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Anisotropic MOFs may open new application doors

By Paul Grad |

Porous crystals called metal-organic frameworks (MOFs) have an extremely large surface area, as well as a large number of pores situated in an extremely small space that offer room for “guest” molecules. Such characteristics make MOFs potentially useful for gas storage or as molecular sieves for the separation of chemicals. Normally, MOFs will grow with random orientation and position. Now a multinational team has succeeded in growing MOFs with an unprecedented controlled orientation and alignment of the crystals, opening up the possibility of many new applications for MOFs. Controlling the growth creates new properties for the MOFs that can be explored for use in microelectronics, optics, sensors and biotechnology. The team is led by professor Paolo Falcaro of the University of Adelaide (Adelaide, Australia; www.adelaide.edu.au) and the Technical University of Graz (Austria; www.tugraz.at) and professor Masahide Takahashi of Osaka Prefecture University (Sakai, Japan; www.osakafu-u.ac.jp), with participants from the University of Adelaide, Monash University (Melbourne, Australia; www.monash.edu), the Australian CSIRO (www.csiro.au) and Osaka Prefecture University. Various substances can be infiltrated into the pores of the crystals…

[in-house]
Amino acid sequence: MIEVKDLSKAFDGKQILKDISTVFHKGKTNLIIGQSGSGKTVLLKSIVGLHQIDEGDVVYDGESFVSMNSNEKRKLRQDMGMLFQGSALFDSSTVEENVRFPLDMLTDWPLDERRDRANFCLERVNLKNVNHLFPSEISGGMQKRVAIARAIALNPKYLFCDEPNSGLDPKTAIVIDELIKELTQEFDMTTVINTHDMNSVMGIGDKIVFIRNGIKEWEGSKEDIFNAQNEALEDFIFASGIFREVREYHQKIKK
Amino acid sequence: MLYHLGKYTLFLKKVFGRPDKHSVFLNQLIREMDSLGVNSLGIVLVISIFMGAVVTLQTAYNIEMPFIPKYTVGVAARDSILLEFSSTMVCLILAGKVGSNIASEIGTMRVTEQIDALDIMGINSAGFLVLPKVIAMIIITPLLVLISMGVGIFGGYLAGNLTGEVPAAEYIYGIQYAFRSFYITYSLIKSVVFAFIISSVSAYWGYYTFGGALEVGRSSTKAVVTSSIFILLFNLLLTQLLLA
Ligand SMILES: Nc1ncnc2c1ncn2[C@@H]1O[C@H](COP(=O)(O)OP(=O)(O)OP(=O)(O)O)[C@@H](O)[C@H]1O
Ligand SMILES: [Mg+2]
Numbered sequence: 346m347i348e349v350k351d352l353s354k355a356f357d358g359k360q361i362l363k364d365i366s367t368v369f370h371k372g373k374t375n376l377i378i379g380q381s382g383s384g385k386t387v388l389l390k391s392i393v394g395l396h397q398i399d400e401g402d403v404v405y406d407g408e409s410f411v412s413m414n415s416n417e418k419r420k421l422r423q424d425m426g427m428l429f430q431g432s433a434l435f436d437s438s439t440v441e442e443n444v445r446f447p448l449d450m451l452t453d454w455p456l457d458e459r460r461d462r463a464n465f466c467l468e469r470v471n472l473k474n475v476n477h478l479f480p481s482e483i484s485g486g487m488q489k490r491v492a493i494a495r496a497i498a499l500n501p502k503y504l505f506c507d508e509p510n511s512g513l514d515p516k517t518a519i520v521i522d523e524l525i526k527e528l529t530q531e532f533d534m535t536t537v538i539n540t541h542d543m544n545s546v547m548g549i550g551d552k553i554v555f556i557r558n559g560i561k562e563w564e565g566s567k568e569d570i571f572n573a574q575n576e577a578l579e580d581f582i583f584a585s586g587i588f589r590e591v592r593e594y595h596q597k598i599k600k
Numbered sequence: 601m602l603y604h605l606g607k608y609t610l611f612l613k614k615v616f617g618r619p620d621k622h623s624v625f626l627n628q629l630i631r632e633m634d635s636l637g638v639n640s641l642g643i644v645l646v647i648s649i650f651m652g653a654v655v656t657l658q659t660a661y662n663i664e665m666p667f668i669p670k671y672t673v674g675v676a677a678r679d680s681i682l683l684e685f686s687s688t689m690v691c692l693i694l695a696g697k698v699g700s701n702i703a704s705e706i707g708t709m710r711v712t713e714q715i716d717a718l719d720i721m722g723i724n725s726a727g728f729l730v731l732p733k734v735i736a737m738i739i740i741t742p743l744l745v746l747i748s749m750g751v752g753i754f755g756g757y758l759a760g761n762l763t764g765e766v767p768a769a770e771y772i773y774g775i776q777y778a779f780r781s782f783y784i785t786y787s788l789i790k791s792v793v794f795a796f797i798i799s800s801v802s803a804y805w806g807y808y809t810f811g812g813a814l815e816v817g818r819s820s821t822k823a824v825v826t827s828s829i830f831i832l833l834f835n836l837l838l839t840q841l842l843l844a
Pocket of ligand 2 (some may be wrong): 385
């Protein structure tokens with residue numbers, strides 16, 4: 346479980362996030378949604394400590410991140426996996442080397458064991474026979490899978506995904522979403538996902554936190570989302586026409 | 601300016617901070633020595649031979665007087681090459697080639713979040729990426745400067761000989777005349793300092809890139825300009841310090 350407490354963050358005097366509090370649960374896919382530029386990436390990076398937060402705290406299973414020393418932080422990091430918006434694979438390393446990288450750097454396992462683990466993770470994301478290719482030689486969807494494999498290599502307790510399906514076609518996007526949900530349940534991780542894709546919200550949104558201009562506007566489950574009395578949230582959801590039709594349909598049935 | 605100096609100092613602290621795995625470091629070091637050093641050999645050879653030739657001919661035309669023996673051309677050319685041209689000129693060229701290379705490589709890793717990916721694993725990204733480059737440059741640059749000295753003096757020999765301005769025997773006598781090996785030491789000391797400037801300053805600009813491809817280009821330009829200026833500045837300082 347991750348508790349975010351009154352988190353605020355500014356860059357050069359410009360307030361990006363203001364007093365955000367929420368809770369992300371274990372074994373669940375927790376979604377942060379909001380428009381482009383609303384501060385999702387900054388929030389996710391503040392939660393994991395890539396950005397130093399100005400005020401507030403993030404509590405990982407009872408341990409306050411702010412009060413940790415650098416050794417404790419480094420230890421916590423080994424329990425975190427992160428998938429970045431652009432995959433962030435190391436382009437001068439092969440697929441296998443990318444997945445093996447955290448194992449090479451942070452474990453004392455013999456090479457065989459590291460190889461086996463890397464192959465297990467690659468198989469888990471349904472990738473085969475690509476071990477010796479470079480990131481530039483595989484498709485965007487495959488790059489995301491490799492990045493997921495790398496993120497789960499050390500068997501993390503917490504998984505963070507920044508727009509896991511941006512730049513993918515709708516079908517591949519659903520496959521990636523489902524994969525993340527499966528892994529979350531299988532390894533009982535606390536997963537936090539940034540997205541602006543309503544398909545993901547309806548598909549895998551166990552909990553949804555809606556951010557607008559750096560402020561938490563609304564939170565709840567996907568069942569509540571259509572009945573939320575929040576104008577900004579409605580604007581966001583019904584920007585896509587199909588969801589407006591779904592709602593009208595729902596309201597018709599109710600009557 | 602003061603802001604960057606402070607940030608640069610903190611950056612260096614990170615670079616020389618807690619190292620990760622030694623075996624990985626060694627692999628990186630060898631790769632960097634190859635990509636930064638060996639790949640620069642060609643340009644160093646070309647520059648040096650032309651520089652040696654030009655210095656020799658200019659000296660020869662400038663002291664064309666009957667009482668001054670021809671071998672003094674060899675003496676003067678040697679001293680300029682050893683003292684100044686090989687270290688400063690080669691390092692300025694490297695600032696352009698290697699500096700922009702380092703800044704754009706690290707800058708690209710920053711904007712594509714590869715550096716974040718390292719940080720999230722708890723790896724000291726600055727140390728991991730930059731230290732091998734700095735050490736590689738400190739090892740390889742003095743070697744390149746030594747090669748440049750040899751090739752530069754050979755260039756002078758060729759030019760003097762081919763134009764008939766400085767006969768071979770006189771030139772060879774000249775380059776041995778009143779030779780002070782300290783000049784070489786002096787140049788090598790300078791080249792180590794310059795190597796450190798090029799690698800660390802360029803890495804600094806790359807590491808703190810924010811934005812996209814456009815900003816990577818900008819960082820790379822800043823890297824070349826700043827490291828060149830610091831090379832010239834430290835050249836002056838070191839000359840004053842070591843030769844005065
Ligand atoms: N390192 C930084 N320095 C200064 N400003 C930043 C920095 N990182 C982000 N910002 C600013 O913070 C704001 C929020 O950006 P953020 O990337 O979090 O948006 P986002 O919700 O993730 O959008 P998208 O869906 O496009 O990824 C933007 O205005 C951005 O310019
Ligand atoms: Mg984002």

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A partnership between materials company NuMat Technologies (Skokie, Ill.; www.numat-tech.com) and The Linde Group (Munich, Germany; www.the-linde-group.com) is set to…

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